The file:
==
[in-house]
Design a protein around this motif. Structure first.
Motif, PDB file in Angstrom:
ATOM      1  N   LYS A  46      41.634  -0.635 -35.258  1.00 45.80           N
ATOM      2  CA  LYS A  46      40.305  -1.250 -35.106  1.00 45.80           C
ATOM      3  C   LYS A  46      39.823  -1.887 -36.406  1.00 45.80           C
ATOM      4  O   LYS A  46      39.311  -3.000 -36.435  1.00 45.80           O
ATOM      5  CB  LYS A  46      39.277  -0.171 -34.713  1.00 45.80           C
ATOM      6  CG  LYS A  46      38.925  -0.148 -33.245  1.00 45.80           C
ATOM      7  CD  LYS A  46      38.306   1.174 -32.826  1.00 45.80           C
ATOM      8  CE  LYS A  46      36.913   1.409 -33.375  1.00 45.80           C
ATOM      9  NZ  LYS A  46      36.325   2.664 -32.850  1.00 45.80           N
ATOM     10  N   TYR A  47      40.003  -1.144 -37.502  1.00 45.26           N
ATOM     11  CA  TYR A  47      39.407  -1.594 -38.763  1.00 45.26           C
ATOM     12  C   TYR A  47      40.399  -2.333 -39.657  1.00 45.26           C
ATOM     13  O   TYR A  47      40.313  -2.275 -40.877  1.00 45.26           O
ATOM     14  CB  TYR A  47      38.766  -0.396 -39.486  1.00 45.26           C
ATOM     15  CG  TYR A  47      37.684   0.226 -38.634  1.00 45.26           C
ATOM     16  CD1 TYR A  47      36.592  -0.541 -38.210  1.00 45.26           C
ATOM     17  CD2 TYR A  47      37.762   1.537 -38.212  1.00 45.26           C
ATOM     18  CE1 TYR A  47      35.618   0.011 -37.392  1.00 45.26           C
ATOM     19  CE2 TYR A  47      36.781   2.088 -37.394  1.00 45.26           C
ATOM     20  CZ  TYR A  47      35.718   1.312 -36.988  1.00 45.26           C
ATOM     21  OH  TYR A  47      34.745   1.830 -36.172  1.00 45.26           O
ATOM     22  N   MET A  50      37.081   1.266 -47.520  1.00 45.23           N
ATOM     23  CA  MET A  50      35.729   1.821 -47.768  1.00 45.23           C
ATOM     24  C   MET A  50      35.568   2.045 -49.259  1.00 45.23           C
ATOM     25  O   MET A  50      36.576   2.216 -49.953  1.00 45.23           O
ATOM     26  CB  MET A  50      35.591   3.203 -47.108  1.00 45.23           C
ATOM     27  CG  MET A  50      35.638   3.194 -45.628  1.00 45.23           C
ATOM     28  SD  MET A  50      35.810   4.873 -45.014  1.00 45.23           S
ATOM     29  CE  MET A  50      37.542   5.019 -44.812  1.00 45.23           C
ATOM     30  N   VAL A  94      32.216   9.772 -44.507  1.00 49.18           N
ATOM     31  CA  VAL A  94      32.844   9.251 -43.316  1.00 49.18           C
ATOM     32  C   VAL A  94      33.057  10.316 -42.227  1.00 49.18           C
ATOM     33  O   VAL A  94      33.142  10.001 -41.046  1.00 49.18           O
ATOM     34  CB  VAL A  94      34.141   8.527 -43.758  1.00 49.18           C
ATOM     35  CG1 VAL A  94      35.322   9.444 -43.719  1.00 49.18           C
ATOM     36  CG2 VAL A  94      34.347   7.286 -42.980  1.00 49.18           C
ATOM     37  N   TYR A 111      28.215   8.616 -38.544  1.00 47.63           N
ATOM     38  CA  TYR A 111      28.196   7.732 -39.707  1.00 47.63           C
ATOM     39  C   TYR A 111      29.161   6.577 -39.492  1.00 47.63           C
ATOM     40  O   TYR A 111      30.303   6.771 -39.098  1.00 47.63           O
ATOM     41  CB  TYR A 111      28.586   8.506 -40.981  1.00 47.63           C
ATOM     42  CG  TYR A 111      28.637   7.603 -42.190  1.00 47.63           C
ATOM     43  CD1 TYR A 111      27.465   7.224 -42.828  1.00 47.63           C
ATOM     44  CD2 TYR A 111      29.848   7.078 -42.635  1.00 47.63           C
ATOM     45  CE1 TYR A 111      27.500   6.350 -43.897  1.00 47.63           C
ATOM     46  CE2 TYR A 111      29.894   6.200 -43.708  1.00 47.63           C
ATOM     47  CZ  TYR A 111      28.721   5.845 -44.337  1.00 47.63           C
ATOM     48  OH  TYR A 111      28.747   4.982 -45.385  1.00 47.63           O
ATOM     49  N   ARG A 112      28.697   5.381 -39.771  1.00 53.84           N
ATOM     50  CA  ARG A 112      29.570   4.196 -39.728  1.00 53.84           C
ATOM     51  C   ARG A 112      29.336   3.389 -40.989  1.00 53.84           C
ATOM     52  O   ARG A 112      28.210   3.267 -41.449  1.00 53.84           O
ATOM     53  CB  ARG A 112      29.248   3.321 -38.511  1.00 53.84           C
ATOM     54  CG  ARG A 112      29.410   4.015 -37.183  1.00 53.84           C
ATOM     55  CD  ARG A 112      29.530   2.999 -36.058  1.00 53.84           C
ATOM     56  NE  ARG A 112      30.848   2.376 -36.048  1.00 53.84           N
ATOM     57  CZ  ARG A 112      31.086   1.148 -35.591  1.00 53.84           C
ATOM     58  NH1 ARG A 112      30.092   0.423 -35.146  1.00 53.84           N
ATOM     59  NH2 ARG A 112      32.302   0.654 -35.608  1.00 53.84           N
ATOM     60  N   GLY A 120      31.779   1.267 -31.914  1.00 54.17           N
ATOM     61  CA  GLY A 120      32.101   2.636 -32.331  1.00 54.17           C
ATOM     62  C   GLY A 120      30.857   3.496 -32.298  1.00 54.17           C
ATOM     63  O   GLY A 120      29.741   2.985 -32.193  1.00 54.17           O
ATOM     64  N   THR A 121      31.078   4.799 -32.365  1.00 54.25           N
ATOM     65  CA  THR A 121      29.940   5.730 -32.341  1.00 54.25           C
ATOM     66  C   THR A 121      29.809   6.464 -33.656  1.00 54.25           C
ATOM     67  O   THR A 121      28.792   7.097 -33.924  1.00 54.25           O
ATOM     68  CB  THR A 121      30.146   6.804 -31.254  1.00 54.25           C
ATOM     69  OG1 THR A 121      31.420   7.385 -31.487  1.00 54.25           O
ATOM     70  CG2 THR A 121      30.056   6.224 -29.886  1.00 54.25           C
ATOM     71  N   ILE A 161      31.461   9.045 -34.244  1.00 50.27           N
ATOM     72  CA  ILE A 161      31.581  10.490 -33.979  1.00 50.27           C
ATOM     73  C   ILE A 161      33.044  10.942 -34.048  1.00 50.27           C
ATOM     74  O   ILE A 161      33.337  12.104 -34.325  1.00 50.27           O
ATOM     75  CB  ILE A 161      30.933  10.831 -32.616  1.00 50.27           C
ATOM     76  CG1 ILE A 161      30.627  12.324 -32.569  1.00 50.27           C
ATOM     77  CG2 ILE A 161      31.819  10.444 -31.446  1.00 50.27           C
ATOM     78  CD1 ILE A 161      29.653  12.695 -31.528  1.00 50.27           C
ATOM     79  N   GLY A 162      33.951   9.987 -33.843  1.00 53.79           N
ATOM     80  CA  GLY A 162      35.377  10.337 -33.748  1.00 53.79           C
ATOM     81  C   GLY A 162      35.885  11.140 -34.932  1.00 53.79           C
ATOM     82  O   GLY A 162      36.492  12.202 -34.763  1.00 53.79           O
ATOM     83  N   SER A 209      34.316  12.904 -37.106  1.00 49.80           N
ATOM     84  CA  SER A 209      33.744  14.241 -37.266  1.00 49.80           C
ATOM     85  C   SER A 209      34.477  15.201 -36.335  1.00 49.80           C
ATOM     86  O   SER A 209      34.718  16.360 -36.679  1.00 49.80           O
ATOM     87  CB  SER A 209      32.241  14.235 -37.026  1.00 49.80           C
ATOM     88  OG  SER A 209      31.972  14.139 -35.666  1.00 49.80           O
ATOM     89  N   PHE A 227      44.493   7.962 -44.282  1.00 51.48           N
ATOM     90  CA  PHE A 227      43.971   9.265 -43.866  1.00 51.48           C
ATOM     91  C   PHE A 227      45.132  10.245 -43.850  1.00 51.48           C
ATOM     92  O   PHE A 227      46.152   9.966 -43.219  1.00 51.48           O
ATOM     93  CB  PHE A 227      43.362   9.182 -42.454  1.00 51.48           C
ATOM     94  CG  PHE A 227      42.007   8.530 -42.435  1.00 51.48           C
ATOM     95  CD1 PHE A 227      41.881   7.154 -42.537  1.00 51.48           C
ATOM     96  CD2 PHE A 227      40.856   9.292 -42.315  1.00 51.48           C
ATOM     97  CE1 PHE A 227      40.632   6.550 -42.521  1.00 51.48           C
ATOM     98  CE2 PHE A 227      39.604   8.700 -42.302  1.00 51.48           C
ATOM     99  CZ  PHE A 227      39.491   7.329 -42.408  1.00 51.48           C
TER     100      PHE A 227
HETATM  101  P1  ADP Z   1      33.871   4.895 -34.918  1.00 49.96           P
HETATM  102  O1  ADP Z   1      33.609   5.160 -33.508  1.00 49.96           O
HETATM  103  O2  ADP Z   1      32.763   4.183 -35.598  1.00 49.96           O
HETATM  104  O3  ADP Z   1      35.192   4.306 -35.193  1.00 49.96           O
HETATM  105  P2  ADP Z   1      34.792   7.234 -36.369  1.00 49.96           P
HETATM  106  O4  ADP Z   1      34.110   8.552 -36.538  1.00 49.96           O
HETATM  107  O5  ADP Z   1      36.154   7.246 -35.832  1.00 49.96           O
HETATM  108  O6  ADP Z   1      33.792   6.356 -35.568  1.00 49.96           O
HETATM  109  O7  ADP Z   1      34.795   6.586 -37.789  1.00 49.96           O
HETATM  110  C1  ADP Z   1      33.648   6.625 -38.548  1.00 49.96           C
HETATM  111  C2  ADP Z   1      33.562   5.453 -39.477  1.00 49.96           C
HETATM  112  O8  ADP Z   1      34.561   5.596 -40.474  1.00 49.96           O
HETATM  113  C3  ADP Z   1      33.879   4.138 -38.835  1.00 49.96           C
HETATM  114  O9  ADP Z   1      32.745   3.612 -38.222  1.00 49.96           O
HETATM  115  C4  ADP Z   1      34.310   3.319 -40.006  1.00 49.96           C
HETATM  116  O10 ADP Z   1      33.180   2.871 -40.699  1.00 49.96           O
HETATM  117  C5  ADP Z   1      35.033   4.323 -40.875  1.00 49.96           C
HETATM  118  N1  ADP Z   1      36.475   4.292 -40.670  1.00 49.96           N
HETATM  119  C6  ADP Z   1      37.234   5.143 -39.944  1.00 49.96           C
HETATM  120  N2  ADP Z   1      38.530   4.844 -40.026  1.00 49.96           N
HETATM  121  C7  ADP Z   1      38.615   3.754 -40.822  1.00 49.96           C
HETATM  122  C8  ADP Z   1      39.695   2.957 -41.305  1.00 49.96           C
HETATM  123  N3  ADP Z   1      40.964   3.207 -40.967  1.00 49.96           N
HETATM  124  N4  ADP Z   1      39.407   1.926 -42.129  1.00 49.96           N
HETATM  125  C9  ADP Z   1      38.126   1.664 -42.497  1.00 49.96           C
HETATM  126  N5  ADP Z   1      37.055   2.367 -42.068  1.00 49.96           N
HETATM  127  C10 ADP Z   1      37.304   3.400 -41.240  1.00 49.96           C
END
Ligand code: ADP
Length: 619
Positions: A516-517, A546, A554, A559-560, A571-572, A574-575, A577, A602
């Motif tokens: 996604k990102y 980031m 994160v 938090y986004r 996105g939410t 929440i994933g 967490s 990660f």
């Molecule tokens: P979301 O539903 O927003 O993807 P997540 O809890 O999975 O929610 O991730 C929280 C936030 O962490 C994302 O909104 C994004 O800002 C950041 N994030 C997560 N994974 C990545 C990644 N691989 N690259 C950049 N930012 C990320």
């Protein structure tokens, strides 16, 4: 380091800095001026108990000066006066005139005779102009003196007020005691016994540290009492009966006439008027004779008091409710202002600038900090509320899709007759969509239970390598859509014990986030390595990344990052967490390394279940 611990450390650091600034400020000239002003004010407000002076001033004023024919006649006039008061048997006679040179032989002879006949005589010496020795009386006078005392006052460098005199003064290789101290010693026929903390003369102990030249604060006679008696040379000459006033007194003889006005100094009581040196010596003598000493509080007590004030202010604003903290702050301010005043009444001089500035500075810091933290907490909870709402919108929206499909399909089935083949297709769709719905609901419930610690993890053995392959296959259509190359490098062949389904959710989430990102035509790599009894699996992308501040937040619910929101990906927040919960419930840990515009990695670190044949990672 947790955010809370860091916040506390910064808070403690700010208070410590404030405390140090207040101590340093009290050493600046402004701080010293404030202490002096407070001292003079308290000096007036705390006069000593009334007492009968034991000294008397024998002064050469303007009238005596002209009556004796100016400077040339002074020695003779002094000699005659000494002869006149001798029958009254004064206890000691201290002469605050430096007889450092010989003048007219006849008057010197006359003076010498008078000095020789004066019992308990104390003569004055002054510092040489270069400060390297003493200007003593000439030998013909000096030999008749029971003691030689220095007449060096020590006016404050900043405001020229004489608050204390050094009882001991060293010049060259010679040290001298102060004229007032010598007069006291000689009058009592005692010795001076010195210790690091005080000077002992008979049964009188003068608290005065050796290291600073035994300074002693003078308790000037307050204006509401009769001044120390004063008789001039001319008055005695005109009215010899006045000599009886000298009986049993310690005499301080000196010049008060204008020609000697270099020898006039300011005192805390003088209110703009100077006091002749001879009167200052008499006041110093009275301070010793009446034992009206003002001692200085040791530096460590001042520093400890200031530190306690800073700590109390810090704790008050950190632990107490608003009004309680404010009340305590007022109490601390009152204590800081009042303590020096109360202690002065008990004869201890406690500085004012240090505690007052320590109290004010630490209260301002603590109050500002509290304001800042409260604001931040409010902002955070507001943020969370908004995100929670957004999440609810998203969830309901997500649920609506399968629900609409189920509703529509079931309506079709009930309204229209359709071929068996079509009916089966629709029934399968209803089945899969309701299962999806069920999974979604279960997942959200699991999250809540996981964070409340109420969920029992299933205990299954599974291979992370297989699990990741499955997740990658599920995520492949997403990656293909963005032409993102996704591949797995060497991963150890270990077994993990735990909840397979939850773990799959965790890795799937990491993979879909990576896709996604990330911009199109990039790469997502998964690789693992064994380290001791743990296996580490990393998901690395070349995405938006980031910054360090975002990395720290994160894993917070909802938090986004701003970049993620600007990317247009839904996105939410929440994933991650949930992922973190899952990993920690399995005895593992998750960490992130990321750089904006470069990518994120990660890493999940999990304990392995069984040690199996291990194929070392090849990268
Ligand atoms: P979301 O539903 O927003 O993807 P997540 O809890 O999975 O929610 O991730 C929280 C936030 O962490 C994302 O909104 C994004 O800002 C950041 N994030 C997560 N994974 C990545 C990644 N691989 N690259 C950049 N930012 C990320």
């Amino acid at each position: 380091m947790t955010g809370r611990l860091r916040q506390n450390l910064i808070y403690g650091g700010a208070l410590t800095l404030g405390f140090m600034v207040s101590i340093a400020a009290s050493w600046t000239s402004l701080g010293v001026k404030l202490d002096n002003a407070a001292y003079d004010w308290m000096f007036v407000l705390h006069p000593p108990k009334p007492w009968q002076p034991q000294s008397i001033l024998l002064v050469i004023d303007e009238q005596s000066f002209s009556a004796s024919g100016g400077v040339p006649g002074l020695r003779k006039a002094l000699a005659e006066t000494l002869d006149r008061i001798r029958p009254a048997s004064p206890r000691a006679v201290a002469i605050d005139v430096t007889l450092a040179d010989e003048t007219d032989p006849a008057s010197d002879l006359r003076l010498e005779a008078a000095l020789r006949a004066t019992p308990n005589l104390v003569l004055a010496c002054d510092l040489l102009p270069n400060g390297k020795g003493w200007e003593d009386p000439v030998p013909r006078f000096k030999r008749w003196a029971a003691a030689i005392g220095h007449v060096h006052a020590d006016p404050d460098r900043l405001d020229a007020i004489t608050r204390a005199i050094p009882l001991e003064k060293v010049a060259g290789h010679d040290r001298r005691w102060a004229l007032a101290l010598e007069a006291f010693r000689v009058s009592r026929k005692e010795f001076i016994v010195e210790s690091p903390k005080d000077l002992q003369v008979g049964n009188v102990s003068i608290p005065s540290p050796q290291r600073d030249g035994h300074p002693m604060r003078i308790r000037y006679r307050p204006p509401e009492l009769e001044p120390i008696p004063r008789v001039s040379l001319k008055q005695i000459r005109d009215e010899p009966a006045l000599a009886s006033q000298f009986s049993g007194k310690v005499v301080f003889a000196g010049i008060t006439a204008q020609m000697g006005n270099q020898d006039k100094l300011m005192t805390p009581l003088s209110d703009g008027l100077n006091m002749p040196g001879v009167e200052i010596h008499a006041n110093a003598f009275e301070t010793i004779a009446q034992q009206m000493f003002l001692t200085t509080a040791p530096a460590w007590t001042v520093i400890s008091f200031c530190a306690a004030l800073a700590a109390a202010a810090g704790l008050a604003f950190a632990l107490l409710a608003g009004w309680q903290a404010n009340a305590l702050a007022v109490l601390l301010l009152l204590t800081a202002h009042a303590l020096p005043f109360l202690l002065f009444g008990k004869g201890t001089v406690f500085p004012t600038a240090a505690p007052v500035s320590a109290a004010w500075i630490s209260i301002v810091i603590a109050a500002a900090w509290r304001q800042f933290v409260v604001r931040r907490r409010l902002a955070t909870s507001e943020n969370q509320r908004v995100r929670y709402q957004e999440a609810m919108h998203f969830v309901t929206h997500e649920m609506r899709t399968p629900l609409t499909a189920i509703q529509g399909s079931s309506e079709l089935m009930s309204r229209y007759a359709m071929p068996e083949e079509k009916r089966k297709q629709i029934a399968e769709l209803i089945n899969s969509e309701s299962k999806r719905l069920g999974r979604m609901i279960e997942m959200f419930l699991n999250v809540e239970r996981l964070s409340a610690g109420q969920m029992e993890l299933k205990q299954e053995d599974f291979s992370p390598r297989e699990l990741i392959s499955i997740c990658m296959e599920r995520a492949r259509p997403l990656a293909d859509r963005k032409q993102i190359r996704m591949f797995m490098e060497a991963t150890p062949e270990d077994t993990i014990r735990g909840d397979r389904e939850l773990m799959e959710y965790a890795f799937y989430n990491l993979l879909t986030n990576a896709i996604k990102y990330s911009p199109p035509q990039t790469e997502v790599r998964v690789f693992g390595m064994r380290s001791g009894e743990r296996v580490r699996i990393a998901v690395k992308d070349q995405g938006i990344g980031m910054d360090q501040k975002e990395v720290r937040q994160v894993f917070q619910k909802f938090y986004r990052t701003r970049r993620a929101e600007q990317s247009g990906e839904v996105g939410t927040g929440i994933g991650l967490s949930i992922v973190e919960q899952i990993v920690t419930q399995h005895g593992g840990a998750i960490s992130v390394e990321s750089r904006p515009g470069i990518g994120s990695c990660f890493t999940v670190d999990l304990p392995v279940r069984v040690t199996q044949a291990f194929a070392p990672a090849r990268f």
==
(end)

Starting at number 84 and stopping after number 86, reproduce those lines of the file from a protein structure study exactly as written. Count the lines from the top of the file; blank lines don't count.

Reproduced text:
ATOM     81  C   GLY A 162      35.885  11.140 -34.932  1.00 53.79           C
ATOM     82  O   GLY A 162      36.492  12.202 -34.763  1.00 53.79           O
ATOM     83  N   SER A 209      34.316  12.904 -37.106  1.00 49.80           N